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"In a much-needed intervention, Ric McIntyre recasts the debate about globalization and labor rights and speeds us to the heart of the matter: the battle between transnational corporations who distance themselves from responsibility for the fate of workers, and labor activists who seek to reestablish bonds of accountability and moral obligation. The stakes in this struggle are enormous and Dr. McIntyre provides crucial insight into the economic and political dynamics that define it."
—Scott Nova, Executive Director, Worker Rights Consortium, Washington D.C.
"An important, timely, and needed contribution to our understanding of worker rights."
—Patrick McHugh, Associate Professor of Management Science, George Washington University
"An important contribution to the interdisciplinary study of labor. McIntyre's book will challenge the debate over labor rights on all fronts."
—Michael Hillard, Professor of Economics, University of Southern Maine
"Ric McIntyre convincingly shows how local actions, regulations changes, and international norms can combine to establish collective rights for workers."
—Gilles Raveaud, Assistant Professor in Economics, University of Saint-Denis, France, and co-founder of the "post-autistic economics movement"
"Ric McIntyre's book is a timely examination of our modern 'sweating system' and some of the efforts to combat the effects of its 'grab it while you can' ethos on workers through a reinvigorated system of workers' rights. He makes two important contributions with this volume. First, he analyzes the 'sweating system' as an intentional business strategy over the past three decades, now used both by international corporations and local outsourcers to increase the social distance between employer and worker, and to diminish any sense of corporate responsibility for the welfare of their employees. Second, he employs the insights of contemporary heterodox economics, specifically the insights from Marxist, Institutionalist, and Postmodern economists, to understand how the shifting of social norms and conventions have allowed corporations to 'enshrine exploitation of labor,' and to develop an analytical foundation for workers' rights as a counterweight to the voluminous literature on property rights. McIntyre's book is essential reading for all workers who hope for greater dignity in the workplace and greater fairness in society."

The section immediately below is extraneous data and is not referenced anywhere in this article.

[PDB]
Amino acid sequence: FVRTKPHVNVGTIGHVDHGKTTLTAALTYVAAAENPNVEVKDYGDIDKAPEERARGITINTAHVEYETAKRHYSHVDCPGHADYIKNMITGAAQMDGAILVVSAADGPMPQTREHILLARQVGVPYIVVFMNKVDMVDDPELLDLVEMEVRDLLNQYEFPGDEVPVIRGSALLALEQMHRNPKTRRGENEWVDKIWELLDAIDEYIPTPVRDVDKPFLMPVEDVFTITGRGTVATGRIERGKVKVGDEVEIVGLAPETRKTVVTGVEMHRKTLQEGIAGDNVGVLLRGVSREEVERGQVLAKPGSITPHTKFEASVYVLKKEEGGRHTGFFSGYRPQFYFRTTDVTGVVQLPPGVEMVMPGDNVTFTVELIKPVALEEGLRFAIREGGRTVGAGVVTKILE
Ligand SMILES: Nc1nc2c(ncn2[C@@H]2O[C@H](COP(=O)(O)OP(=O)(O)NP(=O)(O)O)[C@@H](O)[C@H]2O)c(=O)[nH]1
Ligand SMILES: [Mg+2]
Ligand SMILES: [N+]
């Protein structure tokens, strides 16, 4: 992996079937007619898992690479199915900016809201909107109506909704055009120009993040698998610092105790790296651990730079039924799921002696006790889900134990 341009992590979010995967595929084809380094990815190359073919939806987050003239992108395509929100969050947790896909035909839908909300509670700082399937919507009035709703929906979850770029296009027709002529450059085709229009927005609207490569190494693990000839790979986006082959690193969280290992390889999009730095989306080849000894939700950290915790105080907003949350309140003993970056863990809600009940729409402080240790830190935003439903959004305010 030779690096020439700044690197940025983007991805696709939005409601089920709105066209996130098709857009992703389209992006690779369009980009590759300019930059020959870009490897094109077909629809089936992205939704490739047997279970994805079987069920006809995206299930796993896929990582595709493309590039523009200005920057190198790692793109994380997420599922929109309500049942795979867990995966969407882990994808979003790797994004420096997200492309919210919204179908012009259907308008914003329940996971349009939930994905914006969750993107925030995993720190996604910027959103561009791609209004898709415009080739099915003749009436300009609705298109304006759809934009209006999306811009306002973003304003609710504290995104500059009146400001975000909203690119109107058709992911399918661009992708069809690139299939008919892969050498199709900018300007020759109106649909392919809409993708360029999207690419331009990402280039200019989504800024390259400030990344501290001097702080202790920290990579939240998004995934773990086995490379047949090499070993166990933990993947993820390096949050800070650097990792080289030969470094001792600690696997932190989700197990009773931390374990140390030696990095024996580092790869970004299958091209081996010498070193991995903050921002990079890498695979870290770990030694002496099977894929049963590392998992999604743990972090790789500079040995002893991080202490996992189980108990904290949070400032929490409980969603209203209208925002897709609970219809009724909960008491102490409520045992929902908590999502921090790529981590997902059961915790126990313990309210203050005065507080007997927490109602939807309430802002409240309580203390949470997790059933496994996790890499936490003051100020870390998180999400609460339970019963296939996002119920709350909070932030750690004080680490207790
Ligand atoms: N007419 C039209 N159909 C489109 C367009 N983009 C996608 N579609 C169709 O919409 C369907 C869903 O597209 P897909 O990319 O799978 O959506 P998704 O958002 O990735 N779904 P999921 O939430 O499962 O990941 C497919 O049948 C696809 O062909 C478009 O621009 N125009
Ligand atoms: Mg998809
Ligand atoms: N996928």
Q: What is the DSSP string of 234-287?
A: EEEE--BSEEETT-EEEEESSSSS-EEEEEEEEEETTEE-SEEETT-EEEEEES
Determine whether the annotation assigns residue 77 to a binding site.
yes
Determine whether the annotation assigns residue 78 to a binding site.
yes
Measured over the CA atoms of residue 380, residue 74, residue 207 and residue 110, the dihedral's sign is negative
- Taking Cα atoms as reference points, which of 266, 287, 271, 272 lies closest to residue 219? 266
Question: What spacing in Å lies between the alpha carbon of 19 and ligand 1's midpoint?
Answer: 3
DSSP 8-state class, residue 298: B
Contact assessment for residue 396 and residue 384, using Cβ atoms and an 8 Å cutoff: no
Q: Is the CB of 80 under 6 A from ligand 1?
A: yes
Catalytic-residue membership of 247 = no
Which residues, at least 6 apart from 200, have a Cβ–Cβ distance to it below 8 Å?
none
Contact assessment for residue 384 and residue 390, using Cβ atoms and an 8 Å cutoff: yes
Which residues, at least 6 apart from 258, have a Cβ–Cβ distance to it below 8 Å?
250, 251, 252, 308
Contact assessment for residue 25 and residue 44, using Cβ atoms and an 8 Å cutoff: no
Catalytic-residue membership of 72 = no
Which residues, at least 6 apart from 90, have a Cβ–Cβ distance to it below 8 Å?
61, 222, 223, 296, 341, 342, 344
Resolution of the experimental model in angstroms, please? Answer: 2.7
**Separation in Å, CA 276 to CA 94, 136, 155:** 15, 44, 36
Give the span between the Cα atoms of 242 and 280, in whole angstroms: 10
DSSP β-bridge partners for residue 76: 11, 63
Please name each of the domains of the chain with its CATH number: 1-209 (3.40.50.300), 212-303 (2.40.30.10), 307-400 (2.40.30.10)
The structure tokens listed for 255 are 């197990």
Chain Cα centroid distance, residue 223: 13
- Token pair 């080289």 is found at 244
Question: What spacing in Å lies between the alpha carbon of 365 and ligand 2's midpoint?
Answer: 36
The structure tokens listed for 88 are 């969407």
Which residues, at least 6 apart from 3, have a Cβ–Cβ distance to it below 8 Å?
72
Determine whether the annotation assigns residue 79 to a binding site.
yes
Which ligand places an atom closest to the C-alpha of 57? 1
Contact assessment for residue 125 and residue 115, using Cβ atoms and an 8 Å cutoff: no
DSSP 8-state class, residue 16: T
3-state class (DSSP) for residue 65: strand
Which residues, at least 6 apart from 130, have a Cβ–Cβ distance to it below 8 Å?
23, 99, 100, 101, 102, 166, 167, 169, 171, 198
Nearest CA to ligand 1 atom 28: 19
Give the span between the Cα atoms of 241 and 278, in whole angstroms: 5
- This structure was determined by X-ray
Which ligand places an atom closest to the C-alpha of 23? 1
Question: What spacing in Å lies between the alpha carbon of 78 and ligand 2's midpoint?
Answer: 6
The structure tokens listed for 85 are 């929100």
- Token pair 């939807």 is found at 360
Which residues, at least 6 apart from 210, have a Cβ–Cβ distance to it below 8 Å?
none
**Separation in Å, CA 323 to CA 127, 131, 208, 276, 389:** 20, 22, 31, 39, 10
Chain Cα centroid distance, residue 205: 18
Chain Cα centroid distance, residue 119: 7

—Janet Knoedler, Associate Professor of Economics, Bucknell University
"This book presents an insightful, powerful corrective to the contemporary debate over worker rights. McIntyre identifies the limitations of thinking of worker rights as individualized human rights, and challenges us instead to examine how rights are defined through conventional thinking and class interest. The product is rich and compelling: McIntyre's investigation demands of us that we be far more attentive to the contradictory effects of 'rights talk.' I recommend this book enthusiastically to all those who advocate for a just economic order the world over."
—George DeMartino, Associate Professor of Political Economy, The Joseph Korbel School of International Studies, University of Denver
"McIntyre presents a powerful case for moral and ethical considerations in discussions about globalized trade and labor."
—R.L. Holger, Colorado State University, Choice
"Are Worker Rights Human Rights? is a compelling essay on one of the great questions of the day. It is written accessibly for a broad audience of activists, undergraduates, and interested citizens. It also is a reminder of the importance of understanding the contradictory impacts of even the best of ideas and proposals, of the power of history and class interests, and most importantly, of the need for activists to be equipped with insight as well as passion."
—Michael G. Hillard, University of Southern Maine
"McIntyre's intervention represents an important contribution in the emergent scholarship surrounding the growth and effects of constructing workers' rights as human rights. He has identified a significant gap in the theoretical underpinnings of labour rights discourse and has worked to fill that void. His nuanced approach recognizes the limitations of rights discourse, but he is unwilling to simply ignore it as a potential tool to improve the lives of workers. He ultimately answeres his original question-'Are Worker Rights Human Rights?'- with a qualified yes, and provides a convincing argument to that end."
—Bradley Walchuk, York University